Walt Whitman – A Poetic Take on Realism
Walt Whitman was a great American poet whose most important work was “Leaves of Grass”, which was found morally objectionable, and he was fired as a result. His poems were written in “free verse” and incorporated both transcendentalism and realism.
So, Walt Whitman was the second child of nine children and his full name was Walter Whitman Jr. He was named after his Dad but they called him Walt to distinguish him from Walter Senior. Walt Whitman was born on May 31st, 1819, in Long Island, New York, although he did most of his growing up in Brooklyn and ended his life in New Jersey.
Between there he spent some time living in Washington, D.C. and also in New Orleans. It was while he was in New Orleans that he was exposed to some of the brutality of slavery and issues related to that and it helped form some of his views of equality and support in many ways the Northern cause and during the Civil War he actually was in Washington, D.C. working at a hospital there for wounded vets including his brother, nursing them back to health. So he stayed on in D.C. after the war and worked for a time as a clerk until his boss found out he had written his most famous work “Leaves of Grass”. His boss found it objectionable on moral grounds and fired him.
So he had a very interesting life.
As he grew up he finished his formal schooling at eleven but he was a voracious reader. He read constantly and he loved the written word. His first job in Brooklyn was a typesetter or printer until a fire swept through and destroyed pretty much the whole printing industry in that part of the town he was living in. He went on to become a teacher in a one room class teaching several different grades as one teacher. If you’ve ever seen Little House on the Prairie, that’s sort of what he was doing only he was doing it in the Brooklyn area. So a teacher in a one room schoolhouse.
After that he went on to become a journalist, founding and writing for several different newspapers. He worked as a nurse, as I said, during the Civil War and finally as a government clerk. During this time he wrote his most important work called “Leaves of Grass” that was self published and it included many of his poems. Ralph Waldo Emerson loved his poems so he went through several editions bulking it up, adding to it as he printed these poems using what he called – or what has been styled what’s been called “free verse”. Free verse and basically that style is very open and flowing and free and he drew on themes that many Americans could resonate with — sort of a panoramic view and we have those words here that have been used to describe his poetry – idealist, free, panoramic, democratic, egalitarian and it tapped into the times that he was living in in many ways and evoked feelings for many who were at that time overwhelmed at that – this captures well in verse and words in what I feel and what I think about my country and so he became very famous not only in America but worldwide and would often receive monetary gifts and other support from people all over the world as they would read his book “Leaves of Grass” and be moved by that and said “we need to support this guy.”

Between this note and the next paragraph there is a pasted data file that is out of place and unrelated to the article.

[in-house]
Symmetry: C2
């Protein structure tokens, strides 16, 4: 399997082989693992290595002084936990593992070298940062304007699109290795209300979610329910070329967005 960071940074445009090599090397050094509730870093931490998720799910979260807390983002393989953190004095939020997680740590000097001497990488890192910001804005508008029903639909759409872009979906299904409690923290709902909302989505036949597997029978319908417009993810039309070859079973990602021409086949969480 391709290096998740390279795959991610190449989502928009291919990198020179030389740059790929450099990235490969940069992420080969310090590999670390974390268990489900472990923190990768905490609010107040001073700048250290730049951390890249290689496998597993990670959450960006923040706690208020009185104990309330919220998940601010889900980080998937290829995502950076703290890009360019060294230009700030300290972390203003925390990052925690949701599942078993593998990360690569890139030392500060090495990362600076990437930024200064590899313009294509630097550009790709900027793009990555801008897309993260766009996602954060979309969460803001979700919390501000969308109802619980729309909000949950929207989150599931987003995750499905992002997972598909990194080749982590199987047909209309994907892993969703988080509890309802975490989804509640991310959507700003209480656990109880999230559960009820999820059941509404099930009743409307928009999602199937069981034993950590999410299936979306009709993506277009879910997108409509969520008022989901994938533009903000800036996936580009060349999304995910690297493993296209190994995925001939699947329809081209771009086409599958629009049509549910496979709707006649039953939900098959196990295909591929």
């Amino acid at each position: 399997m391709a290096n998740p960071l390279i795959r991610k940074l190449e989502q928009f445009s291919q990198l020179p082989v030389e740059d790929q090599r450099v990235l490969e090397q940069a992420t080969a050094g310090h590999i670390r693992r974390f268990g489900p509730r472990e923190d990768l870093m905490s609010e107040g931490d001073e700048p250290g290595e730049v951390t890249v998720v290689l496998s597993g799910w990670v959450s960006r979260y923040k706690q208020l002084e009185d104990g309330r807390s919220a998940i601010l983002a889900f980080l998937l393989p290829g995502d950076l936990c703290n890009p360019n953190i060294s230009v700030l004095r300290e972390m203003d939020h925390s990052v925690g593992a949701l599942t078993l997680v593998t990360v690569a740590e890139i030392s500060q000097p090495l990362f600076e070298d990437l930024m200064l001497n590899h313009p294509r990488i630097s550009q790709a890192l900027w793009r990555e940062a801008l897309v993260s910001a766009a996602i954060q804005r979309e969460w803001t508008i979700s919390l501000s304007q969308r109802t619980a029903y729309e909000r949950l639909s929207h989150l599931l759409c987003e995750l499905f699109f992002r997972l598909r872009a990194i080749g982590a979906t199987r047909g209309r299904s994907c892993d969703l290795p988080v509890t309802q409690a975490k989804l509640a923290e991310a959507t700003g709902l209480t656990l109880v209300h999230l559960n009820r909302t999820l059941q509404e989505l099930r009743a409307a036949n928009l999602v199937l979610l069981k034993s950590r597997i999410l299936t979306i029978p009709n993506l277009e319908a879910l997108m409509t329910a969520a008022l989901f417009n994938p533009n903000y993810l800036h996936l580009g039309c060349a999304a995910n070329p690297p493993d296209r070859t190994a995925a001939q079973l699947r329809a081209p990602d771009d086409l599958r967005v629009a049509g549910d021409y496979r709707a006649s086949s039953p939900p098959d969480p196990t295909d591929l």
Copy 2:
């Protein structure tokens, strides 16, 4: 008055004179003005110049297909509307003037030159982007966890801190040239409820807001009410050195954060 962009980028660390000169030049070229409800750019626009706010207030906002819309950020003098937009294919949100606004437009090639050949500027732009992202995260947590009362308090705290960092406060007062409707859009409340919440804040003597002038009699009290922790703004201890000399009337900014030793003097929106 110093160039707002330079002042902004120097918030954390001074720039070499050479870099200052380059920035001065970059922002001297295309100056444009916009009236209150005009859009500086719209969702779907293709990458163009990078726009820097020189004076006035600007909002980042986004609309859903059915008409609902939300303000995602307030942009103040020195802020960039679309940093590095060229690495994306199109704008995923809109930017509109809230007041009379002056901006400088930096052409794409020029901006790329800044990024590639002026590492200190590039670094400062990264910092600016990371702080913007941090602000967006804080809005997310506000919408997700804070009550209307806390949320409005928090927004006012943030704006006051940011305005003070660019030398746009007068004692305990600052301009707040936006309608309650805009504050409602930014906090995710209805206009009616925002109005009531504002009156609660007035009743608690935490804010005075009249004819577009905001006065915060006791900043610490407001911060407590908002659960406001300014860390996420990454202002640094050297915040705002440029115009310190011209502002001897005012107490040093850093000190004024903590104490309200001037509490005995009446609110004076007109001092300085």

He was very altruistic. Often the money he received – the extra money that he received that he didn’t need to live off of – he would spend to buy supplies to help nurse those who were recovering after the Civil War and injured. So he spent a lot of his money on others and struggled in many ways to live his life. He certainly didn’t live in the lap of luxury but spent a lot of his money and effort on helping others. As he reached his twilight years he had a stroke and his health declined and he died at the age of 72 in New Jersey.